FirstEnergy Corp. has idled its 2,490 MW coal-fired Bruce Mansfield Plant in Beaver County, PA, citing low energy prices.

The plant’s three units have been offline since late February, according to FirstEnergy spokeswoman Stephanie Walton, with one of the units idled for a planned maintenance outage. The Akron, OH-based electric utility has no plans to permanently shutter the plant and is currently in the process of upgrading Bruce Mansfield with a $260 million coal ash dewatering facility, she said.

FirstEnergy anticipates bringing the plant, owned by a deregulated arm of the company, back online once “energy prices are high enough to support operation of those units” or if the generation capacity is needed for reliability reasons, she said.

“We’re continuing to bid those units into the market every day. We’ll continue to watch those prices, and as soon as they’re high enough to run those units, they’ll go back online,” Walton said. “In the meantime, all of our employees are still coming to work.”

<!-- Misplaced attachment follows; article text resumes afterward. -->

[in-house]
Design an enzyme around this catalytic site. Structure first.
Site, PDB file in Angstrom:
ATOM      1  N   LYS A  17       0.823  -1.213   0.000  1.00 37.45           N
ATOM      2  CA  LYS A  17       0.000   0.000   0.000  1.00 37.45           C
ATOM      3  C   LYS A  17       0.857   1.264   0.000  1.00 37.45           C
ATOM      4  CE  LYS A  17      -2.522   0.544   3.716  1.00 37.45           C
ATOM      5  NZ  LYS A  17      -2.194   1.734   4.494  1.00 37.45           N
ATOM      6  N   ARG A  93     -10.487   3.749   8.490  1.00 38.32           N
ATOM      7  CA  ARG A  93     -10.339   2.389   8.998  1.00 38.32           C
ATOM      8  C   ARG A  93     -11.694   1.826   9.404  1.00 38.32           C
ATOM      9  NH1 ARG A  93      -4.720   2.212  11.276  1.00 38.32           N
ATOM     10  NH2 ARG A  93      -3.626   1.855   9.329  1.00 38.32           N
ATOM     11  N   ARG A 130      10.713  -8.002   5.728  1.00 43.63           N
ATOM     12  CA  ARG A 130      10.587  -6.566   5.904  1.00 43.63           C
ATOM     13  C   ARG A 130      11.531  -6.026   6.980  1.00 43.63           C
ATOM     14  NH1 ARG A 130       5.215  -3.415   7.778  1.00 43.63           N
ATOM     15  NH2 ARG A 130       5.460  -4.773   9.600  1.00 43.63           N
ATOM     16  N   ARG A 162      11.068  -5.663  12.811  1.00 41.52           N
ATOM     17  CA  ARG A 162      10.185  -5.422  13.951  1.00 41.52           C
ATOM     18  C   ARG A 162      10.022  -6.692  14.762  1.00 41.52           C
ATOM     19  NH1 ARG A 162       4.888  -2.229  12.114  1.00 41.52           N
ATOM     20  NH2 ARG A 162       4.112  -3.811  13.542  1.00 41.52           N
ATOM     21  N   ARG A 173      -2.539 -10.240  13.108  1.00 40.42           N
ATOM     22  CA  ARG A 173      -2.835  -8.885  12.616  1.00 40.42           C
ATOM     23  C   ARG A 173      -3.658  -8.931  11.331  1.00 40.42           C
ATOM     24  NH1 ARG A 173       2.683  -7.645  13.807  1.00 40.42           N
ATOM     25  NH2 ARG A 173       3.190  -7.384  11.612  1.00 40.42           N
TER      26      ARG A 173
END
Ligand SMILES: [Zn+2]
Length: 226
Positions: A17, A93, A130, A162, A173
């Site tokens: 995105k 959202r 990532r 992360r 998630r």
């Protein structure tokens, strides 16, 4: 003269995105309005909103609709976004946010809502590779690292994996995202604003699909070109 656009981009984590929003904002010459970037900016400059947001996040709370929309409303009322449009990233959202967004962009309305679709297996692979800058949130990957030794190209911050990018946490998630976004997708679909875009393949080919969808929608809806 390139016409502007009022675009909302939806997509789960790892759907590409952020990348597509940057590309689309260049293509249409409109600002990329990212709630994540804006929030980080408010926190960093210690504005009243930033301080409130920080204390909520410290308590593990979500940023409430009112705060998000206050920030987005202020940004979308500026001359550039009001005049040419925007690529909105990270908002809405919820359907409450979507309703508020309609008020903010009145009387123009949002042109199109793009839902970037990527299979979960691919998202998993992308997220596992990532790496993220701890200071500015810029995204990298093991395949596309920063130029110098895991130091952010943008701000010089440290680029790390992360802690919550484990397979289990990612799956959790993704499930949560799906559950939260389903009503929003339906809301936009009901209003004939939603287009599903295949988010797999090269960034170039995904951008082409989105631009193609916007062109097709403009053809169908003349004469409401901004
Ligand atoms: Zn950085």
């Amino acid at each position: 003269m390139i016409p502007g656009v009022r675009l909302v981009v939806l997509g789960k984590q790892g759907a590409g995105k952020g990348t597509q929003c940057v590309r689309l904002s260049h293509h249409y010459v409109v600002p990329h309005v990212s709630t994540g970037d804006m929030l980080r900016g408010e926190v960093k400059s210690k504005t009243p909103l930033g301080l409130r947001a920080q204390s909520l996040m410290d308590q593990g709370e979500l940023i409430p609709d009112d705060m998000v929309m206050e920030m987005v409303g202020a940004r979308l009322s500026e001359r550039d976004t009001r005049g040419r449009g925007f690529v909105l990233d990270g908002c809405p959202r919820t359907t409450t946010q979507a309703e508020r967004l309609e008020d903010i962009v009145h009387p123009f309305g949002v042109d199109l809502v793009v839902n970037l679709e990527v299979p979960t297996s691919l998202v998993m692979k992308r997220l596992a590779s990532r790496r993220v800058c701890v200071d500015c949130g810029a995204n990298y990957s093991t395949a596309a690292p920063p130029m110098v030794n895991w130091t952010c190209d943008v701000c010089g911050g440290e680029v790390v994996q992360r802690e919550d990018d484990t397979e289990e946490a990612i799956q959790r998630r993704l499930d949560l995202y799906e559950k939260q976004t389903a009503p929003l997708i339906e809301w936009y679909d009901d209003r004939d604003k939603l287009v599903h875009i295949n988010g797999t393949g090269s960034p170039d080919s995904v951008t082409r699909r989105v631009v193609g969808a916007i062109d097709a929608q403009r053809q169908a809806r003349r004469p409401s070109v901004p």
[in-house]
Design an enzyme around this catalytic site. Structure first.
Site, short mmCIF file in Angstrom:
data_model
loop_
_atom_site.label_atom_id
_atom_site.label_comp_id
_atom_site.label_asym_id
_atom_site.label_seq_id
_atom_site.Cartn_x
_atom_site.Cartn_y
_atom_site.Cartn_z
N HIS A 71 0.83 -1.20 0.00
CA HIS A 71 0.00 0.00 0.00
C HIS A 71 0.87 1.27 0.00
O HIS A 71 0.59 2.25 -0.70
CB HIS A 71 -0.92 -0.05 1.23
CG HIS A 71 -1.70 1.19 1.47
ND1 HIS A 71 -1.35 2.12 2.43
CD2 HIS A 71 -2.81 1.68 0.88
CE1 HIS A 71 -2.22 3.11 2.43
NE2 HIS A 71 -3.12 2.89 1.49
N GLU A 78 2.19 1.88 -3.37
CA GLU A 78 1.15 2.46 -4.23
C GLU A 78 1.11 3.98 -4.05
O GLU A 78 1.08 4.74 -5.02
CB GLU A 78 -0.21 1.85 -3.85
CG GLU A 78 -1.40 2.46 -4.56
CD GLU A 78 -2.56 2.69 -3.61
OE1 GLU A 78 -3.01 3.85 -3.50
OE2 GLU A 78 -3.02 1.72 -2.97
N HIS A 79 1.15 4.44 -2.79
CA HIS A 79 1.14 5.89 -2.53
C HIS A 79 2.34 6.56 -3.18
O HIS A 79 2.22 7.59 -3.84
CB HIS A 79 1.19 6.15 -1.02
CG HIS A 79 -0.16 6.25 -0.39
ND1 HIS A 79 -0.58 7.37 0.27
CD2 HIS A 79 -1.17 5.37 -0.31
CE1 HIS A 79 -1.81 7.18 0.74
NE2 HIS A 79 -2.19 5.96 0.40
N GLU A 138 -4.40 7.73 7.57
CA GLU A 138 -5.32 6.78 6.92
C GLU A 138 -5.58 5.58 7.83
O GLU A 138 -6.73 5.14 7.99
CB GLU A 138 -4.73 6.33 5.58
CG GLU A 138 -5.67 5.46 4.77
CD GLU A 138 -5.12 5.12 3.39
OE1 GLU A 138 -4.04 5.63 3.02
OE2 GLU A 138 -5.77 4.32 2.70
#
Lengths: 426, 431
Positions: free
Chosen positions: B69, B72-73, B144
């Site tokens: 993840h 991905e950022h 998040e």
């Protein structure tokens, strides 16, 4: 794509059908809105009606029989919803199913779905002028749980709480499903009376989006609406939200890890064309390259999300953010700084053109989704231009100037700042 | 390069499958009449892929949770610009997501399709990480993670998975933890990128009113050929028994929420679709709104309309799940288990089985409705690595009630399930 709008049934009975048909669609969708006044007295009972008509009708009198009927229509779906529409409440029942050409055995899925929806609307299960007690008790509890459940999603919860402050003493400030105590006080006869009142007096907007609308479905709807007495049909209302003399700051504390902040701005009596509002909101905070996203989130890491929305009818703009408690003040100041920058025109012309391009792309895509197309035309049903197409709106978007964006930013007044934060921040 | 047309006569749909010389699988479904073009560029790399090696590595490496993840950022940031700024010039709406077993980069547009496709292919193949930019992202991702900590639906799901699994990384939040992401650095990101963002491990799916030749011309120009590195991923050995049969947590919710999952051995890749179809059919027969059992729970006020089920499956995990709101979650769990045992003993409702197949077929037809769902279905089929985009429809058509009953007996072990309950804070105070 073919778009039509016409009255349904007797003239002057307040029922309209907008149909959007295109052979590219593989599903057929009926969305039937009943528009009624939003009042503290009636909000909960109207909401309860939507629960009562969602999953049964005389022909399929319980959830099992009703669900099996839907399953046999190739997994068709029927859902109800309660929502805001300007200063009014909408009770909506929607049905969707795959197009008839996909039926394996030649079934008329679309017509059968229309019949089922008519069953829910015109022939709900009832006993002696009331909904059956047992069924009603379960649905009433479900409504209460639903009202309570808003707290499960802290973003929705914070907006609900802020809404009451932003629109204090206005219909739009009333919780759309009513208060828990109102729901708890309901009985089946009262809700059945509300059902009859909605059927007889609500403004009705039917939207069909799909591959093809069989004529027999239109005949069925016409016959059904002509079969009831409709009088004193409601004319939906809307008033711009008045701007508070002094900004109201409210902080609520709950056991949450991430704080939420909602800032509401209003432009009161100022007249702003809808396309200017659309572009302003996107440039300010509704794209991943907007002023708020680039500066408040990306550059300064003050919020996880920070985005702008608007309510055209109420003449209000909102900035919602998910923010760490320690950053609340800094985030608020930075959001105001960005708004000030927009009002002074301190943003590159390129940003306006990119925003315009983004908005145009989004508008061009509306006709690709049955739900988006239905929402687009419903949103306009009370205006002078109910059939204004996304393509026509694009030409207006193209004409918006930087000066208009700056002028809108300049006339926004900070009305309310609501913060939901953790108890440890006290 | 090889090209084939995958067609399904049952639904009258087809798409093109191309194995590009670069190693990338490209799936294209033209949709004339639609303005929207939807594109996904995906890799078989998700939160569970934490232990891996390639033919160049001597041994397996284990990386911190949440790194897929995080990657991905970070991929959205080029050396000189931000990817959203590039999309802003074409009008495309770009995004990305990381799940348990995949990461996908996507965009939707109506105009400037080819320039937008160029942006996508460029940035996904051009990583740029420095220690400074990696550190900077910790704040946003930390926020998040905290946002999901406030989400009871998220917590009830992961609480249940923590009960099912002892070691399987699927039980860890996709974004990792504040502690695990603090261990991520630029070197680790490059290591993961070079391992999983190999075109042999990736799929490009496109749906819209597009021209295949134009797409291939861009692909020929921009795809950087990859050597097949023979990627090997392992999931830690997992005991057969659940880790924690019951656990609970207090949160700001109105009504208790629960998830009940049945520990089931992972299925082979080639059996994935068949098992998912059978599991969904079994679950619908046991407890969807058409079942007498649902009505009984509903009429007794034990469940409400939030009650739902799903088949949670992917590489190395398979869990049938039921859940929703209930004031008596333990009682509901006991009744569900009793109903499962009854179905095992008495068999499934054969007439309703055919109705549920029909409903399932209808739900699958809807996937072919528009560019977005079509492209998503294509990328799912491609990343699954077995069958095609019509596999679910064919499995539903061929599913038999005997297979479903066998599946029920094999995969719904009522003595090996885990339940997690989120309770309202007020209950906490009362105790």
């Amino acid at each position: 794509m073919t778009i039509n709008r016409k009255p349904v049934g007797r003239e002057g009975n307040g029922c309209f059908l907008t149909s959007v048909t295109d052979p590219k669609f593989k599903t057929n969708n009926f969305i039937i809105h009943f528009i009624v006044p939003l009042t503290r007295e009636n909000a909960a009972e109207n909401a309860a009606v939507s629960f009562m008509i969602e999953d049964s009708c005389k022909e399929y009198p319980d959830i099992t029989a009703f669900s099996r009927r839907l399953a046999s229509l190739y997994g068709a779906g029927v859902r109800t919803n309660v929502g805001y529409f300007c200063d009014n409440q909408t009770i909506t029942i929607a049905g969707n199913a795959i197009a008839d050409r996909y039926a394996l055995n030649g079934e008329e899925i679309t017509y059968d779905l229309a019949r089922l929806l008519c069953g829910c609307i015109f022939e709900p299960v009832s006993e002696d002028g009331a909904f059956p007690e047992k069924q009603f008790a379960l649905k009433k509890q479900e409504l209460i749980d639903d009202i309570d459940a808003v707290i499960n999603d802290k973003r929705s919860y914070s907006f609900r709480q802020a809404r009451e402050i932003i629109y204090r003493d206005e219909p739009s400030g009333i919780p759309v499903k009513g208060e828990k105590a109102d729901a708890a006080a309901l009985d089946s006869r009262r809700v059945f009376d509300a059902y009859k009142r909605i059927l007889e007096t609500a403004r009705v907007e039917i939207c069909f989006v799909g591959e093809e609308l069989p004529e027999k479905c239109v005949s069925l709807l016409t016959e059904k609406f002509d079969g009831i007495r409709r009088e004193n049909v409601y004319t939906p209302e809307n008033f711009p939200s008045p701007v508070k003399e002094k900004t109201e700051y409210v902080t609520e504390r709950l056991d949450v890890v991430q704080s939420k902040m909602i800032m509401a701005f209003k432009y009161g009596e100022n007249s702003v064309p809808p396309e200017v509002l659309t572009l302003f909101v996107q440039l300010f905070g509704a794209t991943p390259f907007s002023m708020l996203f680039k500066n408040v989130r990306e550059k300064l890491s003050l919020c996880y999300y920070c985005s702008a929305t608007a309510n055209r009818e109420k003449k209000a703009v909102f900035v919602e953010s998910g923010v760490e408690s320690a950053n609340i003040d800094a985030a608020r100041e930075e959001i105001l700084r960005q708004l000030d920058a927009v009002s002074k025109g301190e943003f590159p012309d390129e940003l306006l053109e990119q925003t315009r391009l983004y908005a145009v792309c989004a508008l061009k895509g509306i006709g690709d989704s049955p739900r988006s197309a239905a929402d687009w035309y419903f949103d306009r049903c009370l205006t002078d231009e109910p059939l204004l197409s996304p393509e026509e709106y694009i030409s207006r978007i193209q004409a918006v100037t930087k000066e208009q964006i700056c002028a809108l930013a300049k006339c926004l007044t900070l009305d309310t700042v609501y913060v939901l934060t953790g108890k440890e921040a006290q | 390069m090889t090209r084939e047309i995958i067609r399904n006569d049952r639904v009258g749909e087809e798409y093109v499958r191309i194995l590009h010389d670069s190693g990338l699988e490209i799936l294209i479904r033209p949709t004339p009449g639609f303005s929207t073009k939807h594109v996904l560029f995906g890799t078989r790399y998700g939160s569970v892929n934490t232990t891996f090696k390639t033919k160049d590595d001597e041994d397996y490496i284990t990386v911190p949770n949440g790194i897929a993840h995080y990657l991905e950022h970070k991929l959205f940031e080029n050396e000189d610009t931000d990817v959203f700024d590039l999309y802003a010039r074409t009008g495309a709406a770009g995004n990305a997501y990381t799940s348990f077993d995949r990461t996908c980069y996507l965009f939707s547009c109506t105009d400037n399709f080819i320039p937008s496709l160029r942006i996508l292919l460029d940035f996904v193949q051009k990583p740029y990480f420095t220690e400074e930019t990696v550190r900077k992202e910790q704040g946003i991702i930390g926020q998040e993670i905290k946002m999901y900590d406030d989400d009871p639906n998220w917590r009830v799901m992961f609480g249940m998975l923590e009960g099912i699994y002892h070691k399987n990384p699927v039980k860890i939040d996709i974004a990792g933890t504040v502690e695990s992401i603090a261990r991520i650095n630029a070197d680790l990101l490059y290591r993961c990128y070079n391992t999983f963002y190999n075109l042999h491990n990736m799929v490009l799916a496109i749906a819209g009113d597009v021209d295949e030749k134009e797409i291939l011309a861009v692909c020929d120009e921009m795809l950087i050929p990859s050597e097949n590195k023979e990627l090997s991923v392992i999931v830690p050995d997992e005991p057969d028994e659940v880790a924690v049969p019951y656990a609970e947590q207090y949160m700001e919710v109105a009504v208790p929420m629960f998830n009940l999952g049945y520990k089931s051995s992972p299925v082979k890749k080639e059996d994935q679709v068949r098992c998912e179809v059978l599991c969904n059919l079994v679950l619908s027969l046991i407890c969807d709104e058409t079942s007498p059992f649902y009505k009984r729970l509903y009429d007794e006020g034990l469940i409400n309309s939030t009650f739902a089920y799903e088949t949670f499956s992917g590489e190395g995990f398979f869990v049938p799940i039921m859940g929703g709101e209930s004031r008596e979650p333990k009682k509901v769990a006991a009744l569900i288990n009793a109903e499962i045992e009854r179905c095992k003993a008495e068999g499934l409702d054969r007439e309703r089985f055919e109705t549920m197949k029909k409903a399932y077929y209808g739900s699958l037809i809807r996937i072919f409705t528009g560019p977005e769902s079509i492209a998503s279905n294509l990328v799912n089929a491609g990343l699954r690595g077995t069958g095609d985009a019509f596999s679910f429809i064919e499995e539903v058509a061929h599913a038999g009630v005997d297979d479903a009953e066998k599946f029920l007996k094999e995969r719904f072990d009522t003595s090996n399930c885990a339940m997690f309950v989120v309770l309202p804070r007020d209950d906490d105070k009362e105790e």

According to the Energy Information Administration (EIA), cheap natural gas drove down wholesale electricity rates in 2015, making coal-fired generating units less competitive (see Daily GPI, Jan. 11). Gas usurped coal’s once dominant place as the top generating fuel for much of the second half of the year (see Daily GPI, Dec. 2, 2015; Oct. 28, 2015).

EIA revealed this month that 80% of the 18 GW of generating capacity retired in 2015 came from coal-fired units (see Daily GPI, March 8).

FirstEnergy has been working to convince the Public Utilities Commission of Ohio to grant the utility’s controversial profit-guarantee request, which is designed to help keep its coal and nuclear generating units online in the state’s deregulated electricity market.

Meanwhile, other major power utilities, such as Duke Energy and Southern Company, have been strategically buying up additional interest in natural gas midstream and downstream assets (see Daily GPI, Dec. 24, 2015).